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If you thought the “Fatality” was gruesome in 1991, take a look at it now.
In the early ’90s, if you wanted to discuss the dangers of violent video games, all you had to do was mention Mortal Kombat. The notorious fighter game has been banned in Australia, Germany, and South Korea, and prompted the creation of ratings systems for video games upon its original release in America. Its advertising is notoriously gleeful about its own violent reputation. And it even has a signature kill move: The Fatality.
Over the years, the Fatality has become the source of countless imitations and parodies, many within the Mortal Kombat franchise. It’s also changed and expanded as gaming has grown more graphic and even more violent over the years.
But what did the fatal last move that struck fear into the hearts of millions of anxious parents evolve into? And is the original version still the formidable blow it used to be?
And if you thought the “Fatality” was gruesome in 1991, take a look at it now.
This GIF, courtesy of Imgur, demonstrates the Fatality as it existed then and as it will look based on a recent preview of the upcoming game at E3. First, here’s the way the Fatality used to look in the original Mortal Kombat.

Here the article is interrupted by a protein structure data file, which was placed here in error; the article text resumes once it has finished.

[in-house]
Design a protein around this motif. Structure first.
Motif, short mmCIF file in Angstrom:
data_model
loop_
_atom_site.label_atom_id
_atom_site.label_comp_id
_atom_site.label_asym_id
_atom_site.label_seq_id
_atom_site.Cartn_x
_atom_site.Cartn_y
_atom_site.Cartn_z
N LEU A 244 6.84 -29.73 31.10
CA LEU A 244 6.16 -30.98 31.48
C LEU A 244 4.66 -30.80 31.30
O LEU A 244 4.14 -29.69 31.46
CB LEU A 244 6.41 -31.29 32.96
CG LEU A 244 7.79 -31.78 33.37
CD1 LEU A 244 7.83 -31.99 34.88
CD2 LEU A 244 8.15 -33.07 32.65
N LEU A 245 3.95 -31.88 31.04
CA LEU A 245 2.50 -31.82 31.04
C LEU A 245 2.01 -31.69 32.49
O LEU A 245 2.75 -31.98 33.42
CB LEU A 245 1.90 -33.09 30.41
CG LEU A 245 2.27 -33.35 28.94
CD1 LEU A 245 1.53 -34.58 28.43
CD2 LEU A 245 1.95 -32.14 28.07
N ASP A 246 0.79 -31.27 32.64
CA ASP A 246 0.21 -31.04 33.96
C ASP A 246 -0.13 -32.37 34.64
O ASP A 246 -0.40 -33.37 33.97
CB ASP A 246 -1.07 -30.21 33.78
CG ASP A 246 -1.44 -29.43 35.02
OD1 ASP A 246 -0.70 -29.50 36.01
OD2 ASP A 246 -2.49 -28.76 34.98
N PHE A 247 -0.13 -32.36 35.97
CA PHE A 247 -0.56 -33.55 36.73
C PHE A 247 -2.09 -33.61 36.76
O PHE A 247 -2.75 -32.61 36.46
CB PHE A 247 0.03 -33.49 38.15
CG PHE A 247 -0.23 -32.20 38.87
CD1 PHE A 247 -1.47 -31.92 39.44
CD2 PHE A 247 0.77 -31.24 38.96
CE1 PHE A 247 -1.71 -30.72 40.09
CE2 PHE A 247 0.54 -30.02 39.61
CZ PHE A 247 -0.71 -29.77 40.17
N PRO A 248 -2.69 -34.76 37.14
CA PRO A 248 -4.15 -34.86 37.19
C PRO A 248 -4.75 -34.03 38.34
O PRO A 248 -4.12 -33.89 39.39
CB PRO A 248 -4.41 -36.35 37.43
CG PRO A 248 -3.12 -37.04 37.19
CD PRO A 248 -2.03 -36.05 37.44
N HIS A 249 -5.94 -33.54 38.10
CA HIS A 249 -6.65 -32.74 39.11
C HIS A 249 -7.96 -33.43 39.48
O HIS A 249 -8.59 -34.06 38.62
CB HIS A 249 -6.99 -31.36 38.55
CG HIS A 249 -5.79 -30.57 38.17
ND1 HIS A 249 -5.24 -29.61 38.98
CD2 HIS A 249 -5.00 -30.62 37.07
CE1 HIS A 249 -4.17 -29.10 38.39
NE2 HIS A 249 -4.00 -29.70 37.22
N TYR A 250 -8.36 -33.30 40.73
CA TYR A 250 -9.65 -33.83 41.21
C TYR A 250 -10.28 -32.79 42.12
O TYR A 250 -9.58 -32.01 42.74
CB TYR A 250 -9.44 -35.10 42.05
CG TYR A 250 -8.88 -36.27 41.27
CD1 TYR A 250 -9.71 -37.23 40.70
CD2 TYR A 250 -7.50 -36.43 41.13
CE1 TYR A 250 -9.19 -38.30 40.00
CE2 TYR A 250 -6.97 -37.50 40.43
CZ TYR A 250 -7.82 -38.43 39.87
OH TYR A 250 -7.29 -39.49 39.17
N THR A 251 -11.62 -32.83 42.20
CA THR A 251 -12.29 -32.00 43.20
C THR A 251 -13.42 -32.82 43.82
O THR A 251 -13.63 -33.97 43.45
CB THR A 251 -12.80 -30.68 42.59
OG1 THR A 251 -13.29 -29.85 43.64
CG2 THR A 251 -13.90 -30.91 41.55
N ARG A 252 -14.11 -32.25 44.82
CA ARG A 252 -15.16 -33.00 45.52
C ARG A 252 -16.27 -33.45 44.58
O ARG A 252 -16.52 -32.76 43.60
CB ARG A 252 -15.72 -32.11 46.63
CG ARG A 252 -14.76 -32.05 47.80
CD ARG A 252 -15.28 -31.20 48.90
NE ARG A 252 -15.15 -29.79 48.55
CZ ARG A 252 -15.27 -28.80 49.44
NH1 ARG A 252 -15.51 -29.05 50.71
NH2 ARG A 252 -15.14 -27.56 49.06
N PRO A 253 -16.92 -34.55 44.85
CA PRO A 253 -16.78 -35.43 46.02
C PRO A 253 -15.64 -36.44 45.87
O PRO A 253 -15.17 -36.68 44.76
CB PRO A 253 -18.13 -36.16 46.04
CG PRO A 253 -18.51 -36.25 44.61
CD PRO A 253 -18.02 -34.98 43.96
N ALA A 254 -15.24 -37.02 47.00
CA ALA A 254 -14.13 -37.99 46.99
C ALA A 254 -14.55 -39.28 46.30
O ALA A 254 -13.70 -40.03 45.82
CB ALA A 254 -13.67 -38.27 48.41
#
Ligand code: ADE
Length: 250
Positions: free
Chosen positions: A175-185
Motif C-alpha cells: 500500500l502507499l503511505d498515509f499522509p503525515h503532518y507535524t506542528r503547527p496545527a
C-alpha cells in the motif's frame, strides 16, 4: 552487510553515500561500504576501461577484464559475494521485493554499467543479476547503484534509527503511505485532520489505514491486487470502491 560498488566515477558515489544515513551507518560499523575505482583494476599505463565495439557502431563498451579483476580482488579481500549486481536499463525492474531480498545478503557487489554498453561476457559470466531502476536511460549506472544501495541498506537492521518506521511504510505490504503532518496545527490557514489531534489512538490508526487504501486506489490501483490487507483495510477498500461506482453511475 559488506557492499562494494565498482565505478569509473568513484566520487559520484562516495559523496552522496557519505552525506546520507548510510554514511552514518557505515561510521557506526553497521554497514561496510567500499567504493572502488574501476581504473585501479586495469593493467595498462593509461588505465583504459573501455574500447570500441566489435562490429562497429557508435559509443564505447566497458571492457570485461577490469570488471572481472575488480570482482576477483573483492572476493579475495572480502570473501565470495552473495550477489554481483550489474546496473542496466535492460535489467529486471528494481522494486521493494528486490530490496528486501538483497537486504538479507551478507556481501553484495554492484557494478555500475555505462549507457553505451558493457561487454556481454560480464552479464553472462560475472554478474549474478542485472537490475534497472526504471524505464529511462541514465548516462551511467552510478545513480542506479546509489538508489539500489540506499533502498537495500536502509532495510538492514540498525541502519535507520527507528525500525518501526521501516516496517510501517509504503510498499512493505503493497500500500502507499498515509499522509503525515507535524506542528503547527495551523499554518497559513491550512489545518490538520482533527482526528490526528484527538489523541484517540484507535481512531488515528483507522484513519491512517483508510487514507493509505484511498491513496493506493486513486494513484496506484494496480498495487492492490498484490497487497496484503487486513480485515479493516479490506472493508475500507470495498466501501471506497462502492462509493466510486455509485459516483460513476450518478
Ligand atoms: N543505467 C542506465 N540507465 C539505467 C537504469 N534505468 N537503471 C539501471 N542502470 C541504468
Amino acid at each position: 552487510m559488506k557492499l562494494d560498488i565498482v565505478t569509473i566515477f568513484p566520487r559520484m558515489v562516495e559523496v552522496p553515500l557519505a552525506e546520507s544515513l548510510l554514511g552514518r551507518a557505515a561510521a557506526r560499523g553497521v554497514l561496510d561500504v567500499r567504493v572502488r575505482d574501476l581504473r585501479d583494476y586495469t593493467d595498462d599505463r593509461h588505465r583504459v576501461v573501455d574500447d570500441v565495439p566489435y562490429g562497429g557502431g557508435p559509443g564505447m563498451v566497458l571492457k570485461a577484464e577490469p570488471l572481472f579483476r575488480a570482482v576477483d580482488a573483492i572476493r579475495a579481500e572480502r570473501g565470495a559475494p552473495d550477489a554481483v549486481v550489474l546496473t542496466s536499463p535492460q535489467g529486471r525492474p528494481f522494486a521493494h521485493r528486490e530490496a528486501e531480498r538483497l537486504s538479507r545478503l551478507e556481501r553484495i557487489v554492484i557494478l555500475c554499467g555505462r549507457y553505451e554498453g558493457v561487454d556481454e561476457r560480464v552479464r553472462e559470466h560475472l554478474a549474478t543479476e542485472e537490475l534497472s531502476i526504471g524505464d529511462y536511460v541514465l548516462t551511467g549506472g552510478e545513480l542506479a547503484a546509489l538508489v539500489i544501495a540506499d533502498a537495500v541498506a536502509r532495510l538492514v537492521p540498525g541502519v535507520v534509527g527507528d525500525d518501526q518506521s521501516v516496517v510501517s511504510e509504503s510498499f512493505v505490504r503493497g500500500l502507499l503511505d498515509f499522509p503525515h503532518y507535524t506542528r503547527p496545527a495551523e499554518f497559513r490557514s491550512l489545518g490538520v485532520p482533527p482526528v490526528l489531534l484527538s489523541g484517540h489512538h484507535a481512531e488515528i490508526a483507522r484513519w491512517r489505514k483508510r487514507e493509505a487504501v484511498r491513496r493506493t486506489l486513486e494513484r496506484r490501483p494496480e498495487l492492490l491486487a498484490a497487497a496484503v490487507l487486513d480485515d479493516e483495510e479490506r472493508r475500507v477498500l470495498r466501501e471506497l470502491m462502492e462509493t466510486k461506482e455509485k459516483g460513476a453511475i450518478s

As you can see, it’s nothing too intense. Just a nice slow skeleton-roast:
Now here’s the modern version from Mortal Kombat.
(Warning: The following GIF is extremely NSFW and contains graphic depictions of extreme violence and gore.)
No, really, we mean it. If you’ve never seen Mortal Kombat in action before, and you’re sensitive to graphic depictions of gore, then you might not want to watch this on a full stomach:
Ready? OK. Here’s Mortal Kombat in 2014:
Youch! As if that’s not graphic enough, Reddit user Ich_Putz_Hier_Nur shared a GIF from the last update to the series, Mortal Kombat 9, that’s almost more graphic, if not quite as, er, richly detailed. Again, this image is incredibly disturbing and NSFW, and features gore, vore, and gratuitous sexual objectification.
OK, yeah, and cannibalism.
If you can’t get enough of the rundown of Fatalities, check out even more of MK9‘s Fatalities here on YouTube.
We’ll just stay here waiting for our stomachs to settle.
Screengrab via GfyCat
Aja Romano is a geek culture reporter and fandom expert. Their reporting at the Daily Dot covered everything from Harry Potter and anime to Tumblr and Gamergate. Romano joined Vox as a staff reporter in 2016.